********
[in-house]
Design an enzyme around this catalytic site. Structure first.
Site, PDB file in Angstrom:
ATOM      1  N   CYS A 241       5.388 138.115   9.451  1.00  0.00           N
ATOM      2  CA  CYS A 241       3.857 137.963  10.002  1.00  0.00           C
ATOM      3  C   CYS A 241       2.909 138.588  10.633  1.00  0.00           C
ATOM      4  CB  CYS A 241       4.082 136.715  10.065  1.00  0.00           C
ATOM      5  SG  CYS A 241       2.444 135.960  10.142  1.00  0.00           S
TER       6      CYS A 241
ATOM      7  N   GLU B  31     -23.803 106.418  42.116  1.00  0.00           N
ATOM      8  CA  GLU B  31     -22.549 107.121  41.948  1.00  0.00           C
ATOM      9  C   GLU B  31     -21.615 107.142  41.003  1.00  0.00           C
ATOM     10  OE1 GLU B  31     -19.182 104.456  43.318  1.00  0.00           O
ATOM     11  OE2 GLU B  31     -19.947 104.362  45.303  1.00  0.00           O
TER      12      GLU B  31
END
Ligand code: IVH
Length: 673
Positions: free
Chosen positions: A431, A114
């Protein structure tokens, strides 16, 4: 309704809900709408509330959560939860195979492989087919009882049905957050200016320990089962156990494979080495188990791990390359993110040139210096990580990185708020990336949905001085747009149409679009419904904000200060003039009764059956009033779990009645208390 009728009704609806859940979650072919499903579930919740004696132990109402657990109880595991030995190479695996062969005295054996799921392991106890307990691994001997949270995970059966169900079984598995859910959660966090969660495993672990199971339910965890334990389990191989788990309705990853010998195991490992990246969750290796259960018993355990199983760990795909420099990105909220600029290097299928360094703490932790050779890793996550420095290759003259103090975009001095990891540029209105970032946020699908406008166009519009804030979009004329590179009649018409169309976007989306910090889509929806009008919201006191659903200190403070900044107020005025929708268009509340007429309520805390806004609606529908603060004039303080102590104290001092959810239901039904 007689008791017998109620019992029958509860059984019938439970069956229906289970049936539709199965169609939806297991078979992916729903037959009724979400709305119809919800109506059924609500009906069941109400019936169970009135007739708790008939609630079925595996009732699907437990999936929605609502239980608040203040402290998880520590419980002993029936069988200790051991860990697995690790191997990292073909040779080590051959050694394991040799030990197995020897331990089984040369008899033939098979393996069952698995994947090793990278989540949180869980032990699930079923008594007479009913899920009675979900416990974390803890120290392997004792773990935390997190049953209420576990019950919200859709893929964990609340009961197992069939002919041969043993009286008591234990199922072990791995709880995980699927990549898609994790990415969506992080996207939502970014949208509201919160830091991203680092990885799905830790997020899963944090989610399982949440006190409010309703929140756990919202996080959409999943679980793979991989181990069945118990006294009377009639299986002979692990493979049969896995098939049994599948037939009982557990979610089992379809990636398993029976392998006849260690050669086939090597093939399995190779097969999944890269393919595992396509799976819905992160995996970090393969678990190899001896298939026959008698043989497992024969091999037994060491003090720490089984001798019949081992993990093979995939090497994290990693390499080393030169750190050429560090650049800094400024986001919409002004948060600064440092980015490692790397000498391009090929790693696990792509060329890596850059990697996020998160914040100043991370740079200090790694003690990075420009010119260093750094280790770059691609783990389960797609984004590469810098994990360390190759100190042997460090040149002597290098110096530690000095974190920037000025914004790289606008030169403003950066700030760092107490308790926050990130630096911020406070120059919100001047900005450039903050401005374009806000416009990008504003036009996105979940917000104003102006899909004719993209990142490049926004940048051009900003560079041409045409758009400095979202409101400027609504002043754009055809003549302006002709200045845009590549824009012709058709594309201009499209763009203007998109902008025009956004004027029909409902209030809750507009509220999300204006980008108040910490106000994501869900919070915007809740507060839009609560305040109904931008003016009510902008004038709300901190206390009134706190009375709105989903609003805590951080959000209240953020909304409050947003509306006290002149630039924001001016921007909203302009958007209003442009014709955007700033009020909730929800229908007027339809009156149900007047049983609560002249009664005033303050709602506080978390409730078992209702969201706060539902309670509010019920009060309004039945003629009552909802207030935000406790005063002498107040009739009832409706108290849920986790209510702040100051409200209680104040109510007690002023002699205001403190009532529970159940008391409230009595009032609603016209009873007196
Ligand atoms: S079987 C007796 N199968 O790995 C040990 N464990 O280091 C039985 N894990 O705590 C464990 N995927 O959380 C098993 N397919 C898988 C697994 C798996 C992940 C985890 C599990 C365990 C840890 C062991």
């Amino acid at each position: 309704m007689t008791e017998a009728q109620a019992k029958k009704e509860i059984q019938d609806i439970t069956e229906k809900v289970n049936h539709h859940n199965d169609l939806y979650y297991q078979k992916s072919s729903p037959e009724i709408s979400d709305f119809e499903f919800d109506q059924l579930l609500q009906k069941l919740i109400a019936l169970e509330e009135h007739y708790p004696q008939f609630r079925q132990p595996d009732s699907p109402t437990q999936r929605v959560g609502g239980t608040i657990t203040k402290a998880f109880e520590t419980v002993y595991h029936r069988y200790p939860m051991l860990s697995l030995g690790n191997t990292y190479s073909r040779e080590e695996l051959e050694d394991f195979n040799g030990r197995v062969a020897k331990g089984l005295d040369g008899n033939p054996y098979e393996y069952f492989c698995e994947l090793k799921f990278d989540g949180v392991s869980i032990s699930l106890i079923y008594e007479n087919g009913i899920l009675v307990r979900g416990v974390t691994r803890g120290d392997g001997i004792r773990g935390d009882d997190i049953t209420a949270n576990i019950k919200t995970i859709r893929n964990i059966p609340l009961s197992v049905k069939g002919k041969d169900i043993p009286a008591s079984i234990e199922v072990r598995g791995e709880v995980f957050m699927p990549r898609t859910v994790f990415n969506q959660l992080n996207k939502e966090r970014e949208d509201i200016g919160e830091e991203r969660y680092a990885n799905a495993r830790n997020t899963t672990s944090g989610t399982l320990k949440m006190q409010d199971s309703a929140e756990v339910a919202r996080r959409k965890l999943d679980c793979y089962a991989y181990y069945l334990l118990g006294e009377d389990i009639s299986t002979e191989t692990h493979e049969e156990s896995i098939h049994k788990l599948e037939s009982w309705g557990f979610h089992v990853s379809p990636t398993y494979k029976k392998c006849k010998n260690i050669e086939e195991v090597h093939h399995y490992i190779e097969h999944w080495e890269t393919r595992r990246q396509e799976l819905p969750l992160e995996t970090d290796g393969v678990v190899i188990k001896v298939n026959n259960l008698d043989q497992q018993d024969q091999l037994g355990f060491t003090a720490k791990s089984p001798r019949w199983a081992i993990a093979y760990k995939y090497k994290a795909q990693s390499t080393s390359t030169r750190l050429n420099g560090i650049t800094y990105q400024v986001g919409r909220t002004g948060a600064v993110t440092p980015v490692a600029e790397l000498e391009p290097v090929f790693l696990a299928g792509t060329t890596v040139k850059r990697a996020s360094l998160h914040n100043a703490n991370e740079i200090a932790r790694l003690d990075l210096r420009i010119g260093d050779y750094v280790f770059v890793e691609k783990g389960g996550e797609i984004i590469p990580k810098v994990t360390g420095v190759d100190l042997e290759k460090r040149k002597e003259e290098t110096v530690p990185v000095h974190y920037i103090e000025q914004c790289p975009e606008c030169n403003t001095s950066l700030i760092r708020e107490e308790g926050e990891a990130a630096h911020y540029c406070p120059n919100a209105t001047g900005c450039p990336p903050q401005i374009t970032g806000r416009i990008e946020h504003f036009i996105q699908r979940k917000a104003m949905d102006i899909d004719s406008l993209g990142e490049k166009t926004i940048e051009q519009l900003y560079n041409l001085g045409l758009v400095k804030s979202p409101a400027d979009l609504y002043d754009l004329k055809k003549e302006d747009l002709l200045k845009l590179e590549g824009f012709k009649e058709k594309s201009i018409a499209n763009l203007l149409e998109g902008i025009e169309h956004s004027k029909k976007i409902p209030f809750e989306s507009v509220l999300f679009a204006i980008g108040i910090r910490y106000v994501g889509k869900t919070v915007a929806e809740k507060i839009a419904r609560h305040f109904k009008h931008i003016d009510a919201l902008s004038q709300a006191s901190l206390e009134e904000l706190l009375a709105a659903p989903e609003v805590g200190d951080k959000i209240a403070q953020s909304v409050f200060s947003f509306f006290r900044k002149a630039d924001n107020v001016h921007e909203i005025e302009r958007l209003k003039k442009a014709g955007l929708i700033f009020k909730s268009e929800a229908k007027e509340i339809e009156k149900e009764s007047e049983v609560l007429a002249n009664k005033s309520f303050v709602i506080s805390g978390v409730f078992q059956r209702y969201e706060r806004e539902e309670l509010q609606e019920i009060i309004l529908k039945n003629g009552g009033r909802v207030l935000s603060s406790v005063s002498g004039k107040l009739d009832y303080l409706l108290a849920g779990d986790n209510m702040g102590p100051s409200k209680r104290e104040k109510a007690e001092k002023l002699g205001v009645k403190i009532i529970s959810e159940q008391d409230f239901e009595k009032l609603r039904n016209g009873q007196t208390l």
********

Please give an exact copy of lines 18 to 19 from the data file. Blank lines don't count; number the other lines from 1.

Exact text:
Length: 673
Positions: free